Ole Gunnar Solskjaer says Manchester United want a “complete midfielder”.

The United boss was asked in his press conference ahead of their trip to West Ham on Sunday what he wants from his midfielders in a wider question about his philosophy.

The Red Devils added Cristiano Ronaldo, Jadon Sancho and Raphael Varane to their squad in a positive window, but many still question the strength of their midfield.

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But Solskjaer believes that sometimes the “intricacies” of football are focused on too much, while namechecking “proper midfielders” of the past.

He said: “I’m not here to explain every single detail of how I want my team to play. We want a central midfielder who can play.

“Today’s football is about he’s a good 6, 8, 10. Back in the day you had proper midfielders, Roy Keane, Paul Scholes, Brian Robson.

“You see players out there who can attack and defend and that’s what we look for, midfielders who are complete and we try to develop that in our midfield.

“It’s a balance between with how many you commit forward and how you defend because one little mistake and there’s a counter attack towards you.

“Overarching philosophy… I don’t sit here and claim and talk… football is a simple game and it’s about making good decisions and being in a team.

“Sometimes we look too much into the all intricacies and it’s passion, it’s desire – who wants to win the ball? Which one of the strikers has the desire to get on the end of crosses?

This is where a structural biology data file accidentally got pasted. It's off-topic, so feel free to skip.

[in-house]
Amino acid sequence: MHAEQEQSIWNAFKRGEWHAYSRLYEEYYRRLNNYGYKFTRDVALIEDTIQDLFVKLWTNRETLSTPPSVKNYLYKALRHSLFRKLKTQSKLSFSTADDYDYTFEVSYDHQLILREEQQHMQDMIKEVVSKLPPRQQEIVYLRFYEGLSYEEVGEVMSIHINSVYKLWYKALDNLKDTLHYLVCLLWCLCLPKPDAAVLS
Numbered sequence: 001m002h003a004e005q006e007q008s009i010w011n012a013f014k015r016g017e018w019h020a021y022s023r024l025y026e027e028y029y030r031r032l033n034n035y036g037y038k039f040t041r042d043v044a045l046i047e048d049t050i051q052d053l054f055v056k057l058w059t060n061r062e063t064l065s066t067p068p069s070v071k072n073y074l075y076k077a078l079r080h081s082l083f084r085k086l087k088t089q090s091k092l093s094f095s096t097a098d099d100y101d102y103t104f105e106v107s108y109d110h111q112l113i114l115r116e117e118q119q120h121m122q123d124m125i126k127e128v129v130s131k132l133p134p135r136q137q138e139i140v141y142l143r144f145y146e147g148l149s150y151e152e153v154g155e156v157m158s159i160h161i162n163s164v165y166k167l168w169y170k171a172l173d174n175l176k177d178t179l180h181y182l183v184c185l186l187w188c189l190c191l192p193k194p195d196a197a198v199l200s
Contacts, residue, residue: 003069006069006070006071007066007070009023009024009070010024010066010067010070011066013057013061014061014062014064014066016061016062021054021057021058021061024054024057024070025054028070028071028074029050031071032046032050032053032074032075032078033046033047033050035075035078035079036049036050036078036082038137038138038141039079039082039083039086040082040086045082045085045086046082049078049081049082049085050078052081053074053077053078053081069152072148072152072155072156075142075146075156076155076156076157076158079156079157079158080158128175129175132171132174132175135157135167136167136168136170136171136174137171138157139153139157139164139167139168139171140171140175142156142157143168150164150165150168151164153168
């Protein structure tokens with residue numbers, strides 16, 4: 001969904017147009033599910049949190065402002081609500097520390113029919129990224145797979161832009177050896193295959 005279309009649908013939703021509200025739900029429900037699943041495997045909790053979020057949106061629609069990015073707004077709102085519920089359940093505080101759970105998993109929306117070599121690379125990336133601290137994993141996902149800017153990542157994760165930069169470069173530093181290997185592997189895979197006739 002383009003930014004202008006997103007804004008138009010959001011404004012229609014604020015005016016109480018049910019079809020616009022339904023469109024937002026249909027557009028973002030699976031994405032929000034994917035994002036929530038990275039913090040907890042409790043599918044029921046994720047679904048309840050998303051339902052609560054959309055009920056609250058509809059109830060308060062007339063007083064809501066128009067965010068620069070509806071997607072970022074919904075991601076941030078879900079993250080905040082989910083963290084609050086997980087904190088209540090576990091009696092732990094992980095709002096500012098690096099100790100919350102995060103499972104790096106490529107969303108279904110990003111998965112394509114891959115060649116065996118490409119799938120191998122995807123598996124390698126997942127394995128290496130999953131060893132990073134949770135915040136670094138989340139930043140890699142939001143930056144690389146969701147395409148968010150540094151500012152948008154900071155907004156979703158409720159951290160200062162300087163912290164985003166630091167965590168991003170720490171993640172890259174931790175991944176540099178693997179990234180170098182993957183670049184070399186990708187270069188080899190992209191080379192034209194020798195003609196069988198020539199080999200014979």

“You can talk about all sorts, it looks nice on paper. But when you go out on that pitch, it’s who wants to win, that’s one of the big things. You want winners and I think I’m getting there with my team, team players.”

On the highs and lows of United’s form, Solskjaer added: “No, it doesn’t surprise me. I’ve got my job and we do our job, you tend to in the media get judged by behaviours and outcomes rather than intentions. It’s black and white.

“But we go into the game with good intentions, we make changes with good intentions, go into a tackle and make a pass with good intentions.

“The outcome always decides which headline we’ll see and very very rarely is the game fantastic or really really bad, it just hovers about good or not good enough.

“We know the expectations are high and we expect more of ourselves as well, the performance wasn’t up to our standard.”


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